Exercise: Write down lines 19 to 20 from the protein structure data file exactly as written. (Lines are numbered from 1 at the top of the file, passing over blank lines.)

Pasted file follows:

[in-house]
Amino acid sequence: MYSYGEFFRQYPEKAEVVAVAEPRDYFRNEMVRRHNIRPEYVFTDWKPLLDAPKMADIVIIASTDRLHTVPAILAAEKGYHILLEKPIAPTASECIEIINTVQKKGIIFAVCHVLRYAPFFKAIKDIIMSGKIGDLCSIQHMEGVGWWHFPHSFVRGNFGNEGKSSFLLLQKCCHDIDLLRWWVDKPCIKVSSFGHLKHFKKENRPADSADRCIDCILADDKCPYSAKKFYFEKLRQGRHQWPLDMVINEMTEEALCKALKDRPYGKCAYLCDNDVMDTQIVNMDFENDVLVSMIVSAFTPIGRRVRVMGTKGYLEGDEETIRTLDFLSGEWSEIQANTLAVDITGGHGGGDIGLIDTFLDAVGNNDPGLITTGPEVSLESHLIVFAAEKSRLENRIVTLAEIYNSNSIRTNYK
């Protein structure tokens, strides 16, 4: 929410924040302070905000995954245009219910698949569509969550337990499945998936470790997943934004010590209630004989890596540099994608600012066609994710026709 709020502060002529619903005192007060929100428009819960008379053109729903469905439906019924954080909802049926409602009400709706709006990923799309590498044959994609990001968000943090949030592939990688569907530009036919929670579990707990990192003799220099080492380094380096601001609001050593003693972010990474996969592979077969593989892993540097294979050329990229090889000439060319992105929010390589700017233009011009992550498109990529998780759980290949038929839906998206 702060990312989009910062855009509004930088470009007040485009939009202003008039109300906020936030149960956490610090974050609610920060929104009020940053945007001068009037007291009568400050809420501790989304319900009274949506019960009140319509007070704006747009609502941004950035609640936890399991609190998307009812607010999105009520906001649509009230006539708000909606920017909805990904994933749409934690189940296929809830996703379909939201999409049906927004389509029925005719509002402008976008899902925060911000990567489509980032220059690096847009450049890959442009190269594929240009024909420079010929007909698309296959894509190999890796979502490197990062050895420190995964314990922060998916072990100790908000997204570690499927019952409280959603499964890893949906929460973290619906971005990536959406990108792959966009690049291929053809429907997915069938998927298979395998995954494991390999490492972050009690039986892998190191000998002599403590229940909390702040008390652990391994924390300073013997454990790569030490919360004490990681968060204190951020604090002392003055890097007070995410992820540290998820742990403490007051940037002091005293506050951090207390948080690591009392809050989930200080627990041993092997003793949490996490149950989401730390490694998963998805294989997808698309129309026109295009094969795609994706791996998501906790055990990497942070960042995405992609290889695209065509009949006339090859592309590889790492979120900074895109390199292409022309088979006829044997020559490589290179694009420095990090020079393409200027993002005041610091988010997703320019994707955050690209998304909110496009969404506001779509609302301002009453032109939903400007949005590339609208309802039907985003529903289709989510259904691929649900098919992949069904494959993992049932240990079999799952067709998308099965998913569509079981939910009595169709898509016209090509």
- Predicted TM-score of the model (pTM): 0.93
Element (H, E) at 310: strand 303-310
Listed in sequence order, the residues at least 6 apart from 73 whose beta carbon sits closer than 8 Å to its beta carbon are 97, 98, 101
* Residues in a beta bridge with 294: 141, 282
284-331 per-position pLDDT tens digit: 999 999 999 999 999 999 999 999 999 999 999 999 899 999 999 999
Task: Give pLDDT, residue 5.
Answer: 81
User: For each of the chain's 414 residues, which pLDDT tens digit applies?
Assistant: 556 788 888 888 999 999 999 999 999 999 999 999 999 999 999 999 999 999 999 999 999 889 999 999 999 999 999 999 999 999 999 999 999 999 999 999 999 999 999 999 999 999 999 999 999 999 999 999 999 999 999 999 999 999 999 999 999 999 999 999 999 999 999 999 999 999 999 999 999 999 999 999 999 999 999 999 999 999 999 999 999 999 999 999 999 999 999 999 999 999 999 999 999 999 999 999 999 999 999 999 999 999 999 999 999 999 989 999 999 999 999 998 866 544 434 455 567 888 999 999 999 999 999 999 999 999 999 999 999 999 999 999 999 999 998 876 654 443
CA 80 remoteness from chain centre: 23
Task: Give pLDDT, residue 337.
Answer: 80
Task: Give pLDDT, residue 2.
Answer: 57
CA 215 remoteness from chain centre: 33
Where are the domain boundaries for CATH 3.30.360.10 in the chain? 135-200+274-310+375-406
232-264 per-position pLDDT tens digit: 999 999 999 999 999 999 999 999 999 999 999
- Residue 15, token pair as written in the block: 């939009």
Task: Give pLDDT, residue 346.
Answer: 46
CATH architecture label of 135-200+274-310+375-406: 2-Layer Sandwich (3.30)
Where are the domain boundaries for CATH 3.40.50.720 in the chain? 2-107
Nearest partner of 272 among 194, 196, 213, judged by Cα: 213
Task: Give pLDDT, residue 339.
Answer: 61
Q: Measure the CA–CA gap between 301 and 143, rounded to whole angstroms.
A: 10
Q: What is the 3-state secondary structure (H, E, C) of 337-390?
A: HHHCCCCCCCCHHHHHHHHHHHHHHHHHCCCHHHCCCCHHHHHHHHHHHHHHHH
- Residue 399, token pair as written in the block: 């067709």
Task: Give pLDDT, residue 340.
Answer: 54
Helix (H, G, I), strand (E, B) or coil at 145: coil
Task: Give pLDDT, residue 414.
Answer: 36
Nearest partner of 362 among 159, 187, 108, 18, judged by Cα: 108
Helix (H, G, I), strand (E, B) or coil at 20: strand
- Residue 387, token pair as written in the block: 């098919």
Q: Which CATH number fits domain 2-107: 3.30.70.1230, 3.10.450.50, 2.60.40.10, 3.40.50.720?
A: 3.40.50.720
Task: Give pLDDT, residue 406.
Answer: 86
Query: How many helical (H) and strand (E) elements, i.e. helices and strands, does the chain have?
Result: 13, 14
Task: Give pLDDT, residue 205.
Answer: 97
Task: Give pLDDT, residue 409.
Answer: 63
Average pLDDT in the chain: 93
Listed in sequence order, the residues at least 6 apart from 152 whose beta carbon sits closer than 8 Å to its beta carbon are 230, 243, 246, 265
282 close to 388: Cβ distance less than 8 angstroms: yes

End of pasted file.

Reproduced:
Where are the domain boundaries for CATH 3.30.360.10 in the chain? 135-200+274-310+375-406
232-264 per-position pLDDT tens digit: 999 999 999 999 999 999 999 999 999 999 999